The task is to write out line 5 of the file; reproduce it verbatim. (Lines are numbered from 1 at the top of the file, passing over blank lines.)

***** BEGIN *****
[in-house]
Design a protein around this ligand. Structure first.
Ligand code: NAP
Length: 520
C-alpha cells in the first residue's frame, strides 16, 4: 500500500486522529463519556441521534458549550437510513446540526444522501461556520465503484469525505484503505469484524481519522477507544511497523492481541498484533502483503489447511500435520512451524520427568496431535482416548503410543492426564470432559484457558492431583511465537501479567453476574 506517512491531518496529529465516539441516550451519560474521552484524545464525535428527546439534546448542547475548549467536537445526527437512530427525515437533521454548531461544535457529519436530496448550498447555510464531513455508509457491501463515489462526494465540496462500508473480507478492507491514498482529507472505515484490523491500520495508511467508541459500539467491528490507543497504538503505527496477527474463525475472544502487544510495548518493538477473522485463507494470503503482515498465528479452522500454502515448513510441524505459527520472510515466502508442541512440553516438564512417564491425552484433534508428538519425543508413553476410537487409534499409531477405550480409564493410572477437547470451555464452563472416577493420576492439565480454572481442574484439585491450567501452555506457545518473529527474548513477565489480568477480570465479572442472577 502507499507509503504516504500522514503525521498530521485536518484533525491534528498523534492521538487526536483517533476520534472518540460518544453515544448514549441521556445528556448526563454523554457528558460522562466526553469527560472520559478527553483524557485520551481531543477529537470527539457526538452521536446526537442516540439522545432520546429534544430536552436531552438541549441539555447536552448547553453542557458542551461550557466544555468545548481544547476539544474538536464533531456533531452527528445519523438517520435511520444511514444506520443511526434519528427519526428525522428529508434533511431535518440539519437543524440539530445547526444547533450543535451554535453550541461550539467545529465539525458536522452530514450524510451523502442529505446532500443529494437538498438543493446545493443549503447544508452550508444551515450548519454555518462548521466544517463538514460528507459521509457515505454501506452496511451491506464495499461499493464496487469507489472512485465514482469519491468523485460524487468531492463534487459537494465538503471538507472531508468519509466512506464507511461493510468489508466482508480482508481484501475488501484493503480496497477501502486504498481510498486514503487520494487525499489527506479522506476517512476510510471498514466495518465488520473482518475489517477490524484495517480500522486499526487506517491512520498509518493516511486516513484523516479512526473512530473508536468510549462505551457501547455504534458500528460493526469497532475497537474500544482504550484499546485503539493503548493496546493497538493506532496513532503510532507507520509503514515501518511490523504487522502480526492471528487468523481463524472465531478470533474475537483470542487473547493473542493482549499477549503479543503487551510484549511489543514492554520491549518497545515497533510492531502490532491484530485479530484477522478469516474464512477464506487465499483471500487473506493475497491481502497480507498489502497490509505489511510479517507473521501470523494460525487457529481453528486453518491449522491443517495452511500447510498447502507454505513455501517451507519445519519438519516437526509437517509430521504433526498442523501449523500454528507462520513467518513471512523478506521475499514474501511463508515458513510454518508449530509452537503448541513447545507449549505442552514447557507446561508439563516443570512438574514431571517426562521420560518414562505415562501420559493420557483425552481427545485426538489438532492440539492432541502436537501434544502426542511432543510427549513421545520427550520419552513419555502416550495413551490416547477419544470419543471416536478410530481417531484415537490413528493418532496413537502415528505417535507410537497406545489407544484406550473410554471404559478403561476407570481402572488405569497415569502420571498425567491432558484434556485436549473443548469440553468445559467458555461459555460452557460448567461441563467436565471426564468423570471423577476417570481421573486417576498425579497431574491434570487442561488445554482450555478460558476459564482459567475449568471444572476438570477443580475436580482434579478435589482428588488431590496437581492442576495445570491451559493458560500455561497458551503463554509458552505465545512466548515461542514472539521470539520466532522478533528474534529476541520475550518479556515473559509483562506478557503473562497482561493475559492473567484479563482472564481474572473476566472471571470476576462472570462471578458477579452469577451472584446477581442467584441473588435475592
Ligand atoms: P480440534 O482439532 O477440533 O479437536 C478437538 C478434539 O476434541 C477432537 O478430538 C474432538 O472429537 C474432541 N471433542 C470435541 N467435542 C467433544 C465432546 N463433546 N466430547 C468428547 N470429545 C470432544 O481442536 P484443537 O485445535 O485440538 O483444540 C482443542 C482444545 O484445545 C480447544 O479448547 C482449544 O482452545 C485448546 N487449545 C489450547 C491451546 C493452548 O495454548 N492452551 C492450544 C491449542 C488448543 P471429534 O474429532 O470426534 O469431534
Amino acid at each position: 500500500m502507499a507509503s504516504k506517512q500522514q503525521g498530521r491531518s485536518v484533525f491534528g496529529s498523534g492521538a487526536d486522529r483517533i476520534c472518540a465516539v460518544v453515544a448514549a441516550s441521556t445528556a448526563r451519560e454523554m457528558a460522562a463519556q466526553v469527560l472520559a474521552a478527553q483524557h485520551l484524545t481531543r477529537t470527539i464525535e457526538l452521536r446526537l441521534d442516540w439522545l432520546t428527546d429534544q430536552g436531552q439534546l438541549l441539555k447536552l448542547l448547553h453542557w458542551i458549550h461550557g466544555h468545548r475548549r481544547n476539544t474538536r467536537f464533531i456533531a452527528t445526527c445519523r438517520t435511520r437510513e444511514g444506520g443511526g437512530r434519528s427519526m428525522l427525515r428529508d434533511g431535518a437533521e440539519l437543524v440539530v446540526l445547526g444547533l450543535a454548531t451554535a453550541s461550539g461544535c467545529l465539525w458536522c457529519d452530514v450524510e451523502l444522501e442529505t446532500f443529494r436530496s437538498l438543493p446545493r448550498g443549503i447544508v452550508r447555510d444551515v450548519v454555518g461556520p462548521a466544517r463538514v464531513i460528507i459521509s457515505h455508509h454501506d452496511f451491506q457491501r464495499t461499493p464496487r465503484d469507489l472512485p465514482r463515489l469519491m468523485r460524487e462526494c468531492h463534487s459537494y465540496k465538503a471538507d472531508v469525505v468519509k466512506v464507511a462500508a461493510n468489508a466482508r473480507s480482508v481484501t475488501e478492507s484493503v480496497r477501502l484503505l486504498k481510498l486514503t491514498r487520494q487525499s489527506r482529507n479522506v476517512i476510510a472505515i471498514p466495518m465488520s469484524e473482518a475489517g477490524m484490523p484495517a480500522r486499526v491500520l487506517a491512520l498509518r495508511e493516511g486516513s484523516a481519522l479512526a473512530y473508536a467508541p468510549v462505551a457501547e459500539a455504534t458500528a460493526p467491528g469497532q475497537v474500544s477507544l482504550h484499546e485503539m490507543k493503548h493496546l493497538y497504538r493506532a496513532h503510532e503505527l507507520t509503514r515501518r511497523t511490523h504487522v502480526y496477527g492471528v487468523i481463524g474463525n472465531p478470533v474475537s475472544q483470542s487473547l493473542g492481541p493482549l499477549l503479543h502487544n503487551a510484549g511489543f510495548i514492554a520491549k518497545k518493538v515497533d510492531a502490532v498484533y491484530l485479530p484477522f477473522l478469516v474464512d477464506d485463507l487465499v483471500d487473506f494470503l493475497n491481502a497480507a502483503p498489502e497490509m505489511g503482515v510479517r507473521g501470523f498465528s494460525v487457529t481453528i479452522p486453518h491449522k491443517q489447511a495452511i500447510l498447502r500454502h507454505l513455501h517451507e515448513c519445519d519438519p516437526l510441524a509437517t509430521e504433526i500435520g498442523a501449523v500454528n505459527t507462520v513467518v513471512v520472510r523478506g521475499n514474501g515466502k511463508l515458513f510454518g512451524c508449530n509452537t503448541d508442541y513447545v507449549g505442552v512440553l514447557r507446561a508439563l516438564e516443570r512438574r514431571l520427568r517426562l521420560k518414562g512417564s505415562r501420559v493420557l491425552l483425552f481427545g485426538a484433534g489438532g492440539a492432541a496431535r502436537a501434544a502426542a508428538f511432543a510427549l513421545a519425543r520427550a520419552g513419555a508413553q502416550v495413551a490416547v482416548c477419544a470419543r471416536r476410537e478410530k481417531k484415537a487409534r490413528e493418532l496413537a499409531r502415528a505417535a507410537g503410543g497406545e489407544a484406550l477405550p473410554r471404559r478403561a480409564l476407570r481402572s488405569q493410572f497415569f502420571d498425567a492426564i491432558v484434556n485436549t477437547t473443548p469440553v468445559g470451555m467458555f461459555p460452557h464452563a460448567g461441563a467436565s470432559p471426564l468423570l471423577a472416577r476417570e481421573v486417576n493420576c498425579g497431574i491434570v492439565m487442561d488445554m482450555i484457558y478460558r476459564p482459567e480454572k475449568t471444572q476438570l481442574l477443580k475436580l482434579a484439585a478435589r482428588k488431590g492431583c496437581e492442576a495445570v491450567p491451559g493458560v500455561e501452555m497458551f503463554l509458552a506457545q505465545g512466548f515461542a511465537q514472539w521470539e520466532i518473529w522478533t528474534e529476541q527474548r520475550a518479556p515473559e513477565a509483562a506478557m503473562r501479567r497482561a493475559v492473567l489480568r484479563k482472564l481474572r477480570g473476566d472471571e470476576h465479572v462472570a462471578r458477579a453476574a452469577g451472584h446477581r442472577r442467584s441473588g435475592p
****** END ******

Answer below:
C-alpha cells in the first residue's frame, strides 16, 4: 500500500486522529463519556441521534458549550437510513446540526444522501461556520465503484469525505484503505469484524481519522477507544511497523492481541498484533502483503489447511500435520512451524520427568496431535482416548503410543492426564470432559484457558492431583511465537501479567453476574 506517512491531518496529529465516539441516550451519560474521552484524545464525535428527546439534546448542547475548549467536537445526527437512530427525515437533521454548531461544535457529519436530496448550498447555510464531513455508509457491501463515489462526494465540496462500508473480507478492507491514498482529507472505515484490523491500520495508511467508541459500539467491528490507543497504538503505527496477527474463525475472544502487544510495548518493538477473522485463507494470503503482515498465528479452522500454502515448513510441524505459527520472510515466502508442541512440553516438564512417564491425552484433534508428538519425543508413553476410537487409534499409531477405550480409564493410572477437547470451555464452563472416577493420576492439565480454572481442574484439585491450567501452555506457545518473529527474548513477565489480568477480570465479572442472577 502507499507509503504516504500522514503525521498530521485536518484533525491534528498523534492521538487526536483517533476520534472518540460518544453515544448514549441521556445528556448526563454523554457528558460522562466526553469527560472520559478527553483524557485520551481531543477529537470527539457526538452521536446526537442516540439522545432520546429534544430536552436531552438541549441539555447536552448547553453542557458542551461550557466544555468545548481544547476539544474538536464533531456533531452527528445519523438517520435511520444511514444506520443511526434519528427519526428525522428529508434533511431535518440539519437543524440539530445547526444547533450543535451554535453550541461550539467545529465539525458536522452530514450524510451523502442529505446532500443529494437538498438543493446545493443549503447544508452550508444551515450548519454555518462548521466544517463538514460528507459521509457515505454501506452496511451491506464495499461499493464496487469507489472512485465514482469519491468523485460524487468531492463534487459537494465538503471538507472531508468519509466512506464507511461493510468489508466482508480482508481484501475488501484493503480496497477501502486504498481510498486514503487520494487525499489527506479522506476517512476510510471498514466495518465488520473482518475489517477490524484495517480500522486499526487506517491512520498509518493516511486516513484523516479512526473512530473508536468510549462505551457501547455504534458500528460493526469497532475497537474500544482504550484499546485503539493503548493496546493497538493506532496513532503510532507507520509503514515501518511490523504487522502480526492471528487468523481463524472465531478470533474475537483470542487473547493473542493482549499477549503479543503487551510484549511489543514492554520491549518497545515497533510492531502490532491484530485479530484477522478469516474464512477464506487465499483471500487473506493475497491481502497480507498489502497490509505489511510479517507473521501470523494460525487457529481453528486453518491449522491443517495452511500447510498447502507454505513455501517451507519445519519438519516437526509437517509430521504433526498442523501449523500454528507462520513467518513471512523478506521475499514474501511463508515458513510454518508449530509452537503448541513447545507449549505442552514447557507446561508439563516443570512438574514431571517426562521420560518414562505415562501420559493420557483425552481427545485426538489438532492440539492432541502436537501434544502426542511432543510427549513421545520427550520419552513419555502416550495413551490416547477419544470419543471416536478410530481417531484415537490413528493418532496413537502415528505417535507410537497406545489407544484406550473410554471404559478403561476407570481402572488405569497415569502420571498425567491432558484434556485436549473443548469440553468445559467458555461459555460452557460448567461441563467436565471426564468423570471423577476417570481421573486417576498425579497431574491434570487442561488445554482450555478460558476459564482459567475449568471444572476438570477443580475436580482434579478435589482428588488431590496437581492442576495445570491451559493458560500455561497458551503463554509458552505465545512466548515461542514472539521470539520466532522478533528474534529476541520475550518479556515473559509483562506478557503473562497482561493475559492473567484479563482472564481474572473476566472471571470476576462472570462471578458477579452469577451472584446477581442467584441473588435475592